Women rise above misogynistic online attacks


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Nicole Zajac was at home Tuesday morning, when an anonymous email landed in her inbox.

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Hey there, time traveller!
This article was published 07/05/2020 (934 days ago), so information in it may no longer be current.

Nicole Zajac was at home Tuesday morning, when an anonymous email landed in her inbox.

Shannon Birchard found out the next day, when a friend contacted her to break the news about images that were starting to blaze across social media and would soon ignite a firestorm in the hockey world and beyond.

There were 55 images in all: screencaps of messages sent to a private Instagram group of Winnipeg hockey players, including Washington Capitals fourth-liner Brendan Leipsic; his brother Jeremey Leipsic of the University of Manitoba Bisons; Florida Panthers prospect Jack Rodewald; and University of North Dakota forward Jackson Keane.

Some discussed cocaine use and sexual exploits. Mostly, though, the men insulted women.

They shared photos of other players’ partners or women they knew — including Winnipeggers Zajac and Birchard — and targeted them with insults that were misogynistic, demeaning and degrading.

At first, Zajac handled it the best way she knew how: she contacted some of the men directly. She was dismayed to learn the messages came from people she knew, but not shocked by the content itself.

“I’m sure there are hundreds of group chats like this,” she says, chatting over Zoom on Thursday.

SUPPLIED Nicole Zajac, 22, has documented her journey to body-positivity on social media.

Zajac, 22, has long confronted that sort of negativity. For years, she has fearlessly documented her own journey to body-positivity on social media. She writes frankly and eloquently about topics from sexuality to self-esteem; she is open about the ups and downs of how she has learned to embrace her own curves.

Over time, that honesty earned her more than 25,000 followers on Instagram, allowing her to turn the platform into a full-time job. It also prepared her to meet a moment like this.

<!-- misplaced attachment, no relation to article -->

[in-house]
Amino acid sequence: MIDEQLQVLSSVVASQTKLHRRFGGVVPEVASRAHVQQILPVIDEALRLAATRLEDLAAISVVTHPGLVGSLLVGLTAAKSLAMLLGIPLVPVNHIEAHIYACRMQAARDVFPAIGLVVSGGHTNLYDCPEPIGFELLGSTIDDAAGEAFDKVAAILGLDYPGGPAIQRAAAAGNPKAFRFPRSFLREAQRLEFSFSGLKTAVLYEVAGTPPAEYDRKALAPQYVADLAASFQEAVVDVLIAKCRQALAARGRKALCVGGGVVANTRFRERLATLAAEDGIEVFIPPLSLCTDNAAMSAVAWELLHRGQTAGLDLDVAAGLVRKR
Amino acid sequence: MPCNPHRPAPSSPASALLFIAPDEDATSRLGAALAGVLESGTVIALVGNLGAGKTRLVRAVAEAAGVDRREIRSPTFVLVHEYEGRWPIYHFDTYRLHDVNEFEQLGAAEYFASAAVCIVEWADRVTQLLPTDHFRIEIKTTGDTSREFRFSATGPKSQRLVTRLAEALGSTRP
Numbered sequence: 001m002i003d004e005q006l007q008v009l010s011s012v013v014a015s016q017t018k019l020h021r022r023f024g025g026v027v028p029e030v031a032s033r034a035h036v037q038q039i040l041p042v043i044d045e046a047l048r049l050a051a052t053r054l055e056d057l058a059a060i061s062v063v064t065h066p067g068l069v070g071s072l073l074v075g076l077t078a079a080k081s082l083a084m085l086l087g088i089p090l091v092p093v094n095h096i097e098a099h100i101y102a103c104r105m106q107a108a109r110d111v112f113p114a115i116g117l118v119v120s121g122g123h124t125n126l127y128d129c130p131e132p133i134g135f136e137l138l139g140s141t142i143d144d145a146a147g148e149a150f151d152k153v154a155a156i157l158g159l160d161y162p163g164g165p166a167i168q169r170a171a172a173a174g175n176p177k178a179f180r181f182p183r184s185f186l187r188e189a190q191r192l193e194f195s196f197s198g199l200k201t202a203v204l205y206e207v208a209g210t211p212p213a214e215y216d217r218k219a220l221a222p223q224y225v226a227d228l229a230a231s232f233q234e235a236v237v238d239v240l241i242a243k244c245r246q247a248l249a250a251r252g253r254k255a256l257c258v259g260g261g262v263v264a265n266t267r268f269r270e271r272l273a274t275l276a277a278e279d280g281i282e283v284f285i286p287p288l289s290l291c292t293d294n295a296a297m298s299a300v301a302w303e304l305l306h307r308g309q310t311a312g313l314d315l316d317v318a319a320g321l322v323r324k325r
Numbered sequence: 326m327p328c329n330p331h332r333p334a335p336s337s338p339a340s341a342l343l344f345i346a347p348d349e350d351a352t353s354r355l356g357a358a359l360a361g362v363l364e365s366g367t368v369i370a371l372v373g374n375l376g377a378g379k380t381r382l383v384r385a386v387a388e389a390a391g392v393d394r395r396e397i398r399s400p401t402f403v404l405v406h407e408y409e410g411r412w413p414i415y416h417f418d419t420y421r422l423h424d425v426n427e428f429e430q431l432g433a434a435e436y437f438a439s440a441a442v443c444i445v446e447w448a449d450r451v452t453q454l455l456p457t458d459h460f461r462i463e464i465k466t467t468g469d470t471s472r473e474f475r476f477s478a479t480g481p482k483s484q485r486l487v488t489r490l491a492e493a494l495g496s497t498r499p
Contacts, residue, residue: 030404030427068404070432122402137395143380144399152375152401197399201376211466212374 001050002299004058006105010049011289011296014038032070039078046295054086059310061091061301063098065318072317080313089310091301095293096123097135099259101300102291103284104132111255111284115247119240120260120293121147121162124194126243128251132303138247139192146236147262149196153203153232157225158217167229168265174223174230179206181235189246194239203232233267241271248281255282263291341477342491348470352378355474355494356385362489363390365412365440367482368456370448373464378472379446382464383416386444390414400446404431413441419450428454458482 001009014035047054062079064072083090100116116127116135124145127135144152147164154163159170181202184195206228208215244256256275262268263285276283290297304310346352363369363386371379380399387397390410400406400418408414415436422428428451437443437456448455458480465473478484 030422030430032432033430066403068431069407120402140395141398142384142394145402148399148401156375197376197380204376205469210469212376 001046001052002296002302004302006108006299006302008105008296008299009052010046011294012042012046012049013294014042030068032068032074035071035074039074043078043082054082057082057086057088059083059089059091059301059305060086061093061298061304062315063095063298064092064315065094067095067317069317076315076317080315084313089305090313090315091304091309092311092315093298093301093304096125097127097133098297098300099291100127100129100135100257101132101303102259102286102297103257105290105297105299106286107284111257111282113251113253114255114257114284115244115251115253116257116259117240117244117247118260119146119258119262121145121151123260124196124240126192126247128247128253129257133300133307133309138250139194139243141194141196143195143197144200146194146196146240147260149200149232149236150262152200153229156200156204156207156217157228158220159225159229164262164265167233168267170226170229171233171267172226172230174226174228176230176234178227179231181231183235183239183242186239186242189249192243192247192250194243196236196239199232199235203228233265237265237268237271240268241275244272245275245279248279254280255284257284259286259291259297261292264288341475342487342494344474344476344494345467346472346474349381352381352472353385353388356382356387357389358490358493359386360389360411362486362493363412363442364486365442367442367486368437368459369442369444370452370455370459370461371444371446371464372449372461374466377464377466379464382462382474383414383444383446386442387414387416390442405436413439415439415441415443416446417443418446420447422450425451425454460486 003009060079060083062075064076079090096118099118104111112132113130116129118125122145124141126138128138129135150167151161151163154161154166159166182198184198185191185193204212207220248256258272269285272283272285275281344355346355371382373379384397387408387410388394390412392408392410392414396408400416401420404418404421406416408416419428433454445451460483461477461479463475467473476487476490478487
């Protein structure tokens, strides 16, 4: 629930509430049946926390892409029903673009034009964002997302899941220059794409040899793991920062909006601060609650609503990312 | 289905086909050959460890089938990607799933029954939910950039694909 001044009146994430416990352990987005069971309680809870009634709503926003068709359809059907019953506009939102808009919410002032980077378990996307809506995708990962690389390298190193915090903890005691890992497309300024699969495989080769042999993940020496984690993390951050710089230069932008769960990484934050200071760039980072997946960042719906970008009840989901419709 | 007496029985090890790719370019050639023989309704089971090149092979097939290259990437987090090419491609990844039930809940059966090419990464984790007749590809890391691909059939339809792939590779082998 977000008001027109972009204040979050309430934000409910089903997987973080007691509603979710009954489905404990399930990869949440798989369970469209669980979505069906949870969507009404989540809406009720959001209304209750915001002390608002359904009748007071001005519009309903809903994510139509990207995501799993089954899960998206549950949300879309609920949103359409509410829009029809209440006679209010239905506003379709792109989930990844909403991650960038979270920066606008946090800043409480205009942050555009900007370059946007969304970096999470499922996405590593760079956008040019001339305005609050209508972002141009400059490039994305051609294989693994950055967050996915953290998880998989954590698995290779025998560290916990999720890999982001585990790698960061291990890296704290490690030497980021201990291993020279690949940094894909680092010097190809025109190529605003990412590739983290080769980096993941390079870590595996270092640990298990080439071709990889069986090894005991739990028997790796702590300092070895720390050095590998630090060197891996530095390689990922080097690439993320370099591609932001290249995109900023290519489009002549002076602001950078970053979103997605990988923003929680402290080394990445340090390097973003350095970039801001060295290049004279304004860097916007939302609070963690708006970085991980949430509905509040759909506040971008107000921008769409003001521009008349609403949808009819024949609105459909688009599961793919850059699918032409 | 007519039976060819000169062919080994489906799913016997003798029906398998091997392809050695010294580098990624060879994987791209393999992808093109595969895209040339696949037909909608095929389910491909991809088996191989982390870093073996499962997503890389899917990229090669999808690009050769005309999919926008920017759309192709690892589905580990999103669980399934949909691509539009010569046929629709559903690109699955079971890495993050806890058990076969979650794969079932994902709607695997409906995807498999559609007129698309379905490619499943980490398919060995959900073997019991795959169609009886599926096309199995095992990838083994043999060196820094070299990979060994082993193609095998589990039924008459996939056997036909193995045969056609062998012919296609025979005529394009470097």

She knows her own worth, and she wants others to feel the same.

“I’ve been through this for years,” Zajac says. “I do find it’s prepared me to react in a positive way. Rather than taking the negative from this scandal… I want to take some of the positive from this, and empower other people to feel happy about their body, and happy with themselves — because we’re not all the same.”

First, there would be consequences for the men involved.

By Thursday afternoon, the NHL had issued a rebuke of the “inexcusable conduct,” Jeremey Leipsic had been released from the Bisons, and at least two popular Winnipeg restaurants had banned the hockey players from their premises.

As this unfolded, Zajac thought about what her response should be. At first, she says, it was more upsetting the messages had gone public: the women hadn’t consented to that either. She also saw, with her platform, she had an opportunity to change the conversation.

On Wednesday, she posted two photos to Instagram. In the first, her face is drawn into a frown: around her are pictures of the cruel things the men said about her body. In the second image, she is smiling brightly, surrounded by missives of love and affirmation from friends and supporters.

“No point focusing on the terrible things people say about you when there are way more positive things that you can be celebrating,” she wrote.

By Thursday evening, her post had garnered more than 900 comments, a flood of support.